The WasteWatcher: The Staff Blog of Citizens Against Government Waste

Nancy’s Cupboard May be Bare but There are Certainly Bats in Her Belfry

The WasteWatcher is the staff blog of Citizens Against Government Waste (CAGW) and the Council for Citizens Against Government Waste (CCAGW). For questions, contact blog@cagw.org.


On Sunday, when asked about deficit reduction, House Minority Leader Nancy Pelosi (D-CA) declared on CNN’s Sunday show State of the Union that “the cupboard is bare…there’s no more cuts to make.”

This shocking quote reminded me of Tom Delay (R-TX), former House Majority Leader, who said in 2005 that there is “no fat” left to cut in the federal budget and agreed with the assessment that the government was running at peak efficiency because the GOP majority had, “pared it down pretty good.”

In 2005, according to the Office of Management and Budget, spending was at $2.5 trillion and the deficit was at $318 billion.  One of the main reasons the public was upset with the GOP in the 2006 election, particularly its base, was its overspending.  Little did the public know what it was in for when it came to government profligacy.  The GOP lost their majority status to Nancy Pelosi and the Democrats.

The CBO noted in its annual report, “Long-Term Budget Outlook,” that ”between 2009 and 2012, the federal government recorded the largest budget deficits relative to the size of the economy since 1946, causing federal debt to soar.  Federal debt held by the public is now about 73 percent of the economy’s annual output, or gross domestic product (GDP).  That percentage is higher than at any point in U.S. history except a brief period around World War II, and it is twice the percentage at the end of 2007.”

Today government spending is at $3.8 trillion and we have a $901 billion deficit but there is little doubt that if Nancy Pelosi became Speaker of the House again, Congress would go on another huge spending spree along with President Obama.  Ms. Pelosi went on to say during her interview, “We all want to reduce the deficit…put everything on the table, review it, but you cannot have any more cuts just for the sake of cuts.  Right now you’re taking trophies.”

Trophies?  There is no way Congress can find even a little waste, fraud, and abuse in the government that could be cut out of a $3.8 trillion budget?

Of course, most people outside of the Washington, D.C. bubble know this isn’t true.  Below are some sources that offer suggestions on budget cuts.  Nancy Pelosi, President Obama, and others who believe that the government can’t find any more spending cuts should take a look at them.

For years, Citizens Against Government Waste has also compiled ideas on possible budget cuts in their annual publication “Prime Cuts,” with the summary found here.  This year’s version contains 557 recommendations that would save taxpayers $580.6 billion in the first year and $1.8 trillion over five years.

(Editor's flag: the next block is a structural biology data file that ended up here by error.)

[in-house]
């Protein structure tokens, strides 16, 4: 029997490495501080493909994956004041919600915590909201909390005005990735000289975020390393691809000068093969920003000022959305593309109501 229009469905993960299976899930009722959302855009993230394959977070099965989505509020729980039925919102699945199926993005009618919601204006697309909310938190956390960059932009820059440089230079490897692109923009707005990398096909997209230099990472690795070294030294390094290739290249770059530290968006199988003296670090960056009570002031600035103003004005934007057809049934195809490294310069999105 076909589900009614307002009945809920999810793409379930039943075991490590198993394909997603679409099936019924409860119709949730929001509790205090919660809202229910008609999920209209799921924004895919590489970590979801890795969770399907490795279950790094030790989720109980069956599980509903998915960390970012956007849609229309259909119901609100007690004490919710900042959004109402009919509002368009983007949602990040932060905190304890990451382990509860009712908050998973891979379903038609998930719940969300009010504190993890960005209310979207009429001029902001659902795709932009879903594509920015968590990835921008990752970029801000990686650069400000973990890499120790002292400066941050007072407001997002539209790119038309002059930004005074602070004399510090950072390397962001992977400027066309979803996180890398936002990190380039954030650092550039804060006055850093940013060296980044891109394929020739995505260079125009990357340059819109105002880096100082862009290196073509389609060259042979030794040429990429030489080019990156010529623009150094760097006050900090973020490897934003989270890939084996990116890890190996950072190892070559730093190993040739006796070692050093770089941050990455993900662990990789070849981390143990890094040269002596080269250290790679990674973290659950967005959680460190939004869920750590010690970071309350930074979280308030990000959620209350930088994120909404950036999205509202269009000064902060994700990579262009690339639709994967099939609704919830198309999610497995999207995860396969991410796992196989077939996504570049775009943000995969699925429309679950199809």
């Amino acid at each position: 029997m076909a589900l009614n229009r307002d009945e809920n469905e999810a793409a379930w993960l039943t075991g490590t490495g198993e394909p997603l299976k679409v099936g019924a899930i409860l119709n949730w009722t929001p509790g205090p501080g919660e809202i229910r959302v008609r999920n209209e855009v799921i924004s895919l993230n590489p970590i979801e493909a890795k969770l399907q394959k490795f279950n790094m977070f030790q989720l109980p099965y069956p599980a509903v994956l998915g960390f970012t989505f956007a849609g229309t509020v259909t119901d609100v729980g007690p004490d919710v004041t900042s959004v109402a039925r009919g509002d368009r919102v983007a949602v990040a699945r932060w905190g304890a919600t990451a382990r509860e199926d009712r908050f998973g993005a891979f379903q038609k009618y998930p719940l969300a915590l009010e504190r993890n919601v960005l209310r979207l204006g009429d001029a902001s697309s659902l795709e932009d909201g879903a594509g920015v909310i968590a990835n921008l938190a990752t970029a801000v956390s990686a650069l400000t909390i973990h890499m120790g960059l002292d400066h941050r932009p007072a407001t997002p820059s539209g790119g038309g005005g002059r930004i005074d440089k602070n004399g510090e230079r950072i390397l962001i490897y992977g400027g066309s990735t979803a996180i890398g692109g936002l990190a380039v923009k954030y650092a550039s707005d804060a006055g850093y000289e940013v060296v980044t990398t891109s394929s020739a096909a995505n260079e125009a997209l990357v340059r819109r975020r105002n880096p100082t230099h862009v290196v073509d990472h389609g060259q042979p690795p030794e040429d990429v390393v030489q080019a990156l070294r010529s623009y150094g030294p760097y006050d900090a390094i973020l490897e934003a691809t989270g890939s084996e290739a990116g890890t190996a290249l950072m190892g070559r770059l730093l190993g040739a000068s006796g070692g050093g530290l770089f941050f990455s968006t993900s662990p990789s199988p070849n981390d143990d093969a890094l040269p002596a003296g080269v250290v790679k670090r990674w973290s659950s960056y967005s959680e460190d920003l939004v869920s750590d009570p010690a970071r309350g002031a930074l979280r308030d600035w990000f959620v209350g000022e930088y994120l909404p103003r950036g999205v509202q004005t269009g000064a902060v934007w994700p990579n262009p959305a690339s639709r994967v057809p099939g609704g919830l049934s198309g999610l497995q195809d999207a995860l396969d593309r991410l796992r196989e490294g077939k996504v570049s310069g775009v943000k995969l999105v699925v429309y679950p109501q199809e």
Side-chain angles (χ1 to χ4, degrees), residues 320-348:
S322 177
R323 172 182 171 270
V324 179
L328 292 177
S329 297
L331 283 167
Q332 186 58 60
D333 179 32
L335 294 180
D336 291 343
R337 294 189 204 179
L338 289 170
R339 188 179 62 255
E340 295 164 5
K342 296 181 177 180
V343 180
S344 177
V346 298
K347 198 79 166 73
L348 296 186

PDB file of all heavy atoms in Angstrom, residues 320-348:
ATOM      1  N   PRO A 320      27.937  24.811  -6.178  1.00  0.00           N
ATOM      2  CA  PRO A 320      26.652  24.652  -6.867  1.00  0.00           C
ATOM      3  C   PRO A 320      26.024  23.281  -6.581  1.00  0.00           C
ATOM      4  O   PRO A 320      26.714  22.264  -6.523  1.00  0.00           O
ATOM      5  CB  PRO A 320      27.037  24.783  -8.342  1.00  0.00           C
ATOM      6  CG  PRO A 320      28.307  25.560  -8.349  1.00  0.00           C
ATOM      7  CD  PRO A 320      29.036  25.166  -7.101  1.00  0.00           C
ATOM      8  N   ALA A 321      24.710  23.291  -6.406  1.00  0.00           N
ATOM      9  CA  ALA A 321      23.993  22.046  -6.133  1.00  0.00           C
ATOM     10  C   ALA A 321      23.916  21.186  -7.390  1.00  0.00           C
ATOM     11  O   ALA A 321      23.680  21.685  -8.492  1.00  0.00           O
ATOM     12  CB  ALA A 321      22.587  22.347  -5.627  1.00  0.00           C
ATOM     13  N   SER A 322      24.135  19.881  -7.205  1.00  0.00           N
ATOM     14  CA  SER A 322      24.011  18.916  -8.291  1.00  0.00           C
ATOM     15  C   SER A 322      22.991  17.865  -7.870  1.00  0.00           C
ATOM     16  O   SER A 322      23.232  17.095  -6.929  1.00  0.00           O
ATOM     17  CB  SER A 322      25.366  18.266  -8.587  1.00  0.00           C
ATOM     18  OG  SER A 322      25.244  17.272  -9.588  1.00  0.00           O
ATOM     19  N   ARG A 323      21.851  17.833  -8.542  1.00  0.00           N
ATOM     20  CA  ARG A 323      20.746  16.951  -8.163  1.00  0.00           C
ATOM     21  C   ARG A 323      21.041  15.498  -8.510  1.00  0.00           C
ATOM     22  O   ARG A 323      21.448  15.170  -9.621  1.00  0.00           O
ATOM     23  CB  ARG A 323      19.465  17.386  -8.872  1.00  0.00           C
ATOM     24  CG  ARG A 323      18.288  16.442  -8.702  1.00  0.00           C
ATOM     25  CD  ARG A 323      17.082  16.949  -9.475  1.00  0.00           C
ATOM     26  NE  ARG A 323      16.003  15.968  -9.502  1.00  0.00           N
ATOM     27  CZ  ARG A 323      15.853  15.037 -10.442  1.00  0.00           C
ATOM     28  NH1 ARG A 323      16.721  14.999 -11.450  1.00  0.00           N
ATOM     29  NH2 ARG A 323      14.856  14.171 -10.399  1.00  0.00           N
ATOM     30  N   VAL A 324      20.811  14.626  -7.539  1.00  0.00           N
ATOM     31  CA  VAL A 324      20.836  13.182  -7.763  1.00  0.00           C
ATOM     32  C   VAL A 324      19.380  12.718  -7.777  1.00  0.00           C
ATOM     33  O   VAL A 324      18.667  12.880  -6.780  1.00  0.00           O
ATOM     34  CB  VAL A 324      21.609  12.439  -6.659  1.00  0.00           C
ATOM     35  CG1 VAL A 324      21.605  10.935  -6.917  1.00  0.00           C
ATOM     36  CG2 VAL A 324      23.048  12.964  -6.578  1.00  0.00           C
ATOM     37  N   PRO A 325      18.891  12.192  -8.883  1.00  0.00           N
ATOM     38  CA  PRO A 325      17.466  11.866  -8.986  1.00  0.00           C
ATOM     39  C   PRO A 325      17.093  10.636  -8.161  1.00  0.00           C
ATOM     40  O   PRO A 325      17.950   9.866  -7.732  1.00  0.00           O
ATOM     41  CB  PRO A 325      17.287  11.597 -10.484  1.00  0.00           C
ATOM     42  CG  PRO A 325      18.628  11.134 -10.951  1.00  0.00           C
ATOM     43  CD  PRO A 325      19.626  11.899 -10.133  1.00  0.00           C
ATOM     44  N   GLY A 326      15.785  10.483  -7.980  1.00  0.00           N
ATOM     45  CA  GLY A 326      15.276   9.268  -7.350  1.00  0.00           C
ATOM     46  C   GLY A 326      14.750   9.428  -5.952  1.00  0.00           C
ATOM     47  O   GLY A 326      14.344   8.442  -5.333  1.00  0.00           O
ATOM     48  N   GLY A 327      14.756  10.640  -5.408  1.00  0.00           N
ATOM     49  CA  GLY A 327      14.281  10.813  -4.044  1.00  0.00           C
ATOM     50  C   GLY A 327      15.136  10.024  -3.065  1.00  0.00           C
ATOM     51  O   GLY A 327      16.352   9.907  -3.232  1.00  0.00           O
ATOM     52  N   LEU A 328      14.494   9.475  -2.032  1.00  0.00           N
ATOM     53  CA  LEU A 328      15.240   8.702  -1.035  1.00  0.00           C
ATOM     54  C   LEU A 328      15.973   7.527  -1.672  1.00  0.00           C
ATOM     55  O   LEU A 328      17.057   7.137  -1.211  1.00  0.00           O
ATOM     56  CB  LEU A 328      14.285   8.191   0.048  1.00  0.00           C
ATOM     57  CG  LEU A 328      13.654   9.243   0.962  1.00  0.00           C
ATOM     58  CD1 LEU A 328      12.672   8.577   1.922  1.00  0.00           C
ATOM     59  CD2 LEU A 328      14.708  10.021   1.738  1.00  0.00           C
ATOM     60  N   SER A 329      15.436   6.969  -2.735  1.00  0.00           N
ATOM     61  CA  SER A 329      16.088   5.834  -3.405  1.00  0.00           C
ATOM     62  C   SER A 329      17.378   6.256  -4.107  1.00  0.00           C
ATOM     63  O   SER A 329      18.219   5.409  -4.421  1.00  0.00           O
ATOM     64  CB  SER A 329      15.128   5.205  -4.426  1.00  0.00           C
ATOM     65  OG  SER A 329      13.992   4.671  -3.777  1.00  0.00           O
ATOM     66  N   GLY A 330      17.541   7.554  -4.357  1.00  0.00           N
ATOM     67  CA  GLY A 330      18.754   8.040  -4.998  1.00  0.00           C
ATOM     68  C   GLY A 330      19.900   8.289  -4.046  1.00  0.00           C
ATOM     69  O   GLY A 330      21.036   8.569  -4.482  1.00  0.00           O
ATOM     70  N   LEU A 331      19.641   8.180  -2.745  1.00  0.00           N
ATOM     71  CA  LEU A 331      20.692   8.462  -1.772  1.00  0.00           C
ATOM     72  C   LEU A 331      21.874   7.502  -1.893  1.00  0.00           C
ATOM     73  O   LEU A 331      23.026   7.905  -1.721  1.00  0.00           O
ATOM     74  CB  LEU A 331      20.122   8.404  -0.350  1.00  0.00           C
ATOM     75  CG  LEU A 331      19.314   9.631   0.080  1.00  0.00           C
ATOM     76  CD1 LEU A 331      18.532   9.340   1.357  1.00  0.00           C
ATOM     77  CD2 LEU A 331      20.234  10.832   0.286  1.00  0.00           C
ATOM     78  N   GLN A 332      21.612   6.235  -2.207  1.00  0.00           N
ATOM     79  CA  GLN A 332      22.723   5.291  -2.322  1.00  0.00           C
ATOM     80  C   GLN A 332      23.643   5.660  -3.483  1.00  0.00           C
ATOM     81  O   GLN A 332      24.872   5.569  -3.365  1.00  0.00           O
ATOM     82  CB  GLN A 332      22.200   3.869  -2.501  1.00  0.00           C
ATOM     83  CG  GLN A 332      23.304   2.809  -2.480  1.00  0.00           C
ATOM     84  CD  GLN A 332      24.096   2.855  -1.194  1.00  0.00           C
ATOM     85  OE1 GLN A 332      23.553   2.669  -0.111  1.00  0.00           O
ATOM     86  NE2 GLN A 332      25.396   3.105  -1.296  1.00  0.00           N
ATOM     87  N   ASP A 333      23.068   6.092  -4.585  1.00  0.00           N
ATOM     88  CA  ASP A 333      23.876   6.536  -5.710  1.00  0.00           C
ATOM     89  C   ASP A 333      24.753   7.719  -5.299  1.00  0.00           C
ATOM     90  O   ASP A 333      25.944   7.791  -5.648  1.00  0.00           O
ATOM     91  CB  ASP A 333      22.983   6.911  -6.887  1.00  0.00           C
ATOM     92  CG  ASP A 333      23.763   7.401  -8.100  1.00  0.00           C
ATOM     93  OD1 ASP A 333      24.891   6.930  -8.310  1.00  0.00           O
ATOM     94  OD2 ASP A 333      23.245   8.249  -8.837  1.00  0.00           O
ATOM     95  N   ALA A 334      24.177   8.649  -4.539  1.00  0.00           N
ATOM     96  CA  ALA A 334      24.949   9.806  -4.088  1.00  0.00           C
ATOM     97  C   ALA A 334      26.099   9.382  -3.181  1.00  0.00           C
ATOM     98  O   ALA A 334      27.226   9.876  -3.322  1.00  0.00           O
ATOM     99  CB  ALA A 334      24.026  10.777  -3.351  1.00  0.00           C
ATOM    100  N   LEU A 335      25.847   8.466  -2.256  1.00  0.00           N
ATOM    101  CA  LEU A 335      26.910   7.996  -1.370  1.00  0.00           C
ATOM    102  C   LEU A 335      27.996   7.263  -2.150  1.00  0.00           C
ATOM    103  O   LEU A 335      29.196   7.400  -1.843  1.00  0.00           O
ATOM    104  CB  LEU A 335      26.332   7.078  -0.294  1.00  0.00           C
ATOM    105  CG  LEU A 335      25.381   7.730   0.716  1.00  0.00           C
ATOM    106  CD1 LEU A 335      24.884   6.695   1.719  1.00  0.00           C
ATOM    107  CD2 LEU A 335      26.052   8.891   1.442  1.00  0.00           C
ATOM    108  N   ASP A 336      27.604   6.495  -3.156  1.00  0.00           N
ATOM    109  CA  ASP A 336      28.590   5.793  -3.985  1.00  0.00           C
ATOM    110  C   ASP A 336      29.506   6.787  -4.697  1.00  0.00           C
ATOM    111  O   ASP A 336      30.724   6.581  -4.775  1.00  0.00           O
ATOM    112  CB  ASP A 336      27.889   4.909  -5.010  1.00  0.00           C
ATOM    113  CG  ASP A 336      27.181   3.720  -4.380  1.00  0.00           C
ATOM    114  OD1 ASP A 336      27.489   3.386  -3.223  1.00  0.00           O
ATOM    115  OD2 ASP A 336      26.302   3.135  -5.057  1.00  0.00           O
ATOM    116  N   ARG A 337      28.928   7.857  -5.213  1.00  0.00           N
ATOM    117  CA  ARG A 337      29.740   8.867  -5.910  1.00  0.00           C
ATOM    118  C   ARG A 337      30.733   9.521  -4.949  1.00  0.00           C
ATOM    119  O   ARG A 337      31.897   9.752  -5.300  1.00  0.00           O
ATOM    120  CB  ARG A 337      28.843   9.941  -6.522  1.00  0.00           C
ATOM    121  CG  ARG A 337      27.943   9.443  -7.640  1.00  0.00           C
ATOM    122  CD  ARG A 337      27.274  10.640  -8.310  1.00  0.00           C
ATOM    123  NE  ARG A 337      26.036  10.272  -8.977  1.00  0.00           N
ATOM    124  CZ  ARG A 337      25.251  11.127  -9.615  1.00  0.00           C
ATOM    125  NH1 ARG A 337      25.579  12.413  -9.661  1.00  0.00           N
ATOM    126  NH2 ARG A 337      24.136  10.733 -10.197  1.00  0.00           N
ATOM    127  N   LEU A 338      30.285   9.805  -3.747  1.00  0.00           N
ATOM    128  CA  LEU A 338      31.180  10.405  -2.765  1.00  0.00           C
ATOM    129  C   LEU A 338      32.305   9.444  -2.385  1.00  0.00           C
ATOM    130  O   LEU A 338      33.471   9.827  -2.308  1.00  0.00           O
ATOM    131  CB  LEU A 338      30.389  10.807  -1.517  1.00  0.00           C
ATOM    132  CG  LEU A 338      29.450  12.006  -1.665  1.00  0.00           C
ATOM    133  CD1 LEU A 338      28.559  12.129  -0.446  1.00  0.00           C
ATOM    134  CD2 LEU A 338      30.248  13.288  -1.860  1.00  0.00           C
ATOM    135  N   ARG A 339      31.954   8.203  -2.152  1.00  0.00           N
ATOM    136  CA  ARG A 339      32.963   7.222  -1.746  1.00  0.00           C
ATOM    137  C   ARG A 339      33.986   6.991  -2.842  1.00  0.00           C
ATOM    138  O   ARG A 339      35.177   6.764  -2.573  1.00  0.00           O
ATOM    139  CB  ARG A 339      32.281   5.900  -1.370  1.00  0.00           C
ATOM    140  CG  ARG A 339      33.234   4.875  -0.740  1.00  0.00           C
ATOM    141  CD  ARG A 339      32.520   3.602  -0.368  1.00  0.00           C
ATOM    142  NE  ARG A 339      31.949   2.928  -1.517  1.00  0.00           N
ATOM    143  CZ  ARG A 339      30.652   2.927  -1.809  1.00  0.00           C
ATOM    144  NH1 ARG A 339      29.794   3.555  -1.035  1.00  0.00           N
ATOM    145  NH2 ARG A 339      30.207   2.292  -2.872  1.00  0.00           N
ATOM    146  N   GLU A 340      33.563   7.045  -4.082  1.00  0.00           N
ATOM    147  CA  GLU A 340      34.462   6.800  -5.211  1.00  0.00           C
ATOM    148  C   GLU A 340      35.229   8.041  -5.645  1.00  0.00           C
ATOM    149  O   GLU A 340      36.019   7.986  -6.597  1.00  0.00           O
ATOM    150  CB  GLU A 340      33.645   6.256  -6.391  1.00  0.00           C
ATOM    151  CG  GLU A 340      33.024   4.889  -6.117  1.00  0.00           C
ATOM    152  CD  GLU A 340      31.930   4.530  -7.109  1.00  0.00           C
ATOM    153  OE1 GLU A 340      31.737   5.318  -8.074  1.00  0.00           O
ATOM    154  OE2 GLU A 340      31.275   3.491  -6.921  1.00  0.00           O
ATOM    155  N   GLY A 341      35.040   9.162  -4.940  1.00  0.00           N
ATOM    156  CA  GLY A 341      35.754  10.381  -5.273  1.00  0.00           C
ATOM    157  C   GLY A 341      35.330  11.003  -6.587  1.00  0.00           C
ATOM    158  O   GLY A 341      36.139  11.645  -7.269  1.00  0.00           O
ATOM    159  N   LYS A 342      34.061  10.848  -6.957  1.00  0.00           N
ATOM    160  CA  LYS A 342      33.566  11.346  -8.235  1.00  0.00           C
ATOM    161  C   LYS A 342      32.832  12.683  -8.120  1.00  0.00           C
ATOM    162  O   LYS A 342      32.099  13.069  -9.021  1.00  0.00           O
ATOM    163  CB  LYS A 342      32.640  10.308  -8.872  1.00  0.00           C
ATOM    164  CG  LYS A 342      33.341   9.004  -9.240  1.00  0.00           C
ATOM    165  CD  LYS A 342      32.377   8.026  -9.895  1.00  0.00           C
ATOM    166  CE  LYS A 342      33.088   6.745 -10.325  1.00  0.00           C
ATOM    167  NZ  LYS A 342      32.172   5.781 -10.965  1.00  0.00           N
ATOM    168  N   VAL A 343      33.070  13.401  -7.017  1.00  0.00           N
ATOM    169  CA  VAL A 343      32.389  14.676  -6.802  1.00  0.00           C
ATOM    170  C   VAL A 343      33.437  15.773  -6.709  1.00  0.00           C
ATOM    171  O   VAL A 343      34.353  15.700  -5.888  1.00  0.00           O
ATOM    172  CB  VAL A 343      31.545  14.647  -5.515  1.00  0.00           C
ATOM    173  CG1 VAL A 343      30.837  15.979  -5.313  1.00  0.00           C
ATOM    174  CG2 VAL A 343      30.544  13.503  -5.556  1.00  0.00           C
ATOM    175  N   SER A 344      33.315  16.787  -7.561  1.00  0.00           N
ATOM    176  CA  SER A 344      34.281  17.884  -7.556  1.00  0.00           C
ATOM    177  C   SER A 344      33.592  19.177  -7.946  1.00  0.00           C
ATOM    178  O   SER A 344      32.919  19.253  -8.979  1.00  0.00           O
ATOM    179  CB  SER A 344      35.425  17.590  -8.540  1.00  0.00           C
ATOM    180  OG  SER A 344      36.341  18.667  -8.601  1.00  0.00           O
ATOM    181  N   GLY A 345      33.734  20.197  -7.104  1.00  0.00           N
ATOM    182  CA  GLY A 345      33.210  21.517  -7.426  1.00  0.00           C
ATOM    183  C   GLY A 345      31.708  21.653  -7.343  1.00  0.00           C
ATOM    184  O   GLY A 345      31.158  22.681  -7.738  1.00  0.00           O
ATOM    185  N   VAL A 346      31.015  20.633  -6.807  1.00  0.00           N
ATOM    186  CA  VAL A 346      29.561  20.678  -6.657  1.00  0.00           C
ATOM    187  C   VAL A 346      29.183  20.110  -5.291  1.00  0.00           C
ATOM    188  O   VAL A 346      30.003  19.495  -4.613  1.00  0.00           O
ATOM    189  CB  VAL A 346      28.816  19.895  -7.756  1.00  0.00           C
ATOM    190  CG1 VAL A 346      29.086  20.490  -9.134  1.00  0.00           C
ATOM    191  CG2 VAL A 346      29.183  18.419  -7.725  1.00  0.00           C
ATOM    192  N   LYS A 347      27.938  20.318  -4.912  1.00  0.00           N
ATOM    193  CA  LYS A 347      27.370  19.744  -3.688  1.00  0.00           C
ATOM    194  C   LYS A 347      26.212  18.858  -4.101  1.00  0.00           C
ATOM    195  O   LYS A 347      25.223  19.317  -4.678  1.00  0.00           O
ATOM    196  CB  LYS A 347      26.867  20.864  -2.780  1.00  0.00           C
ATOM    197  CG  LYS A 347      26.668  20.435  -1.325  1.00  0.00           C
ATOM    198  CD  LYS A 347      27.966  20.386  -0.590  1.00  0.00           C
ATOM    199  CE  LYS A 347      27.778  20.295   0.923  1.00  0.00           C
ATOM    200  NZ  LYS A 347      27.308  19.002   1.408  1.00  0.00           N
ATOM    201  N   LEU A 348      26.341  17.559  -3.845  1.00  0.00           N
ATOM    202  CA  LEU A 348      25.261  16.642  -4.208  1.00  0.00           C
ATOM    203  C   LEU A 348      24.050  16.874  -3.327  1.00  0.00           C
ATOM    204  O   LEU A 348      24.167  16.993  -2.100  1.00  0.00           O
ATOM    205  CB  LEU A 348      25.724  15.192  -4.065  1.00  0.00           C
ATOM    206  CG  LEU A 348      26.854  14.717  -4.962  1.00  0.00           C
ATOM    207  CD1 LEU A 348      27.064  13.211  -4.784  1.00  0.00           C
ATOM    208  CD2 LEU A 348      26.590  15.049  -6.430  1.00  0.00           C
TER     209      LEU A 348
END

Here are some ideas from “Prime Cuts”:

Eliminate the Sugar Subsidy:
1-Year Savings = $1.2 billion; 5-Year Savings = $6 billion

Eliminate the Dairy Subsidy:
1-Year Savings: $1.1 billion; 5-Year Savings: $5.7 billion

Eliminate Unrequested Funding for Retrofit of M1 Abrams Tank to the M12A SEP Variant
1-Year Savings: $136 million ; 5-Year Savings: $3 billion

Sell the Tennessee Valley Authority’s Electric Power Assets and Privatize its Non-Power Functions
1-Year Savings: $-5 million; 5-Year Savings: $1.1 billion

Raise the Retirement Age for Social Security Beneficiaries
1-Year Savings: $100 million; 5-Year Savings: $12.2 billion

We are now in the middle of the Continuing Resolution (CR) battle to fund the government for the next fiscal year, which starts October 1, 2013.   Part of that battle may include doing “something” that will affect Obamacare.  What that ultimately will be is unknown.

Next up – the Senate Majority Leader Harry Reid (D-NV) will attempt to strip the provision in the CR that was passed in the House that would defund Obamacare.  If successful, the bill goes back to the House where current talk is there will be an attempt to add a provision that would delay the individual mandate in Obamacare for a year.  And the ping-pong game continues.

But what is very important is that the current spending caps remain in place.  The sequester cuts have been successful in reducing the deficit and more should be done, if possible.  Tom Schatz, president of CAGW, wrote about keeping current spending cuts in an op-ed published in Roll Call, a Capitol Hill newspaper, entitled, “The Sequester Is Better Than Sliced Bread.”

Once we get beyond the CR fight, Congress and the President will face the need to raise the debt ceiling, which I wrote about here.  Back in 2006, Senator Obama argued at the time raising the debt ceiling without addressing the debt would be a sign of leadership failure.  CAGW agrees and hope President Obama will negotiate with Congress to find more ways to reduce spending in exchange for raising the debt ceiling.

After all, if the president is willing to negotiate with President Vladimir Putin of Russia and President Hassan Rouhani of Iran, certainly he can negotiate with Congress.

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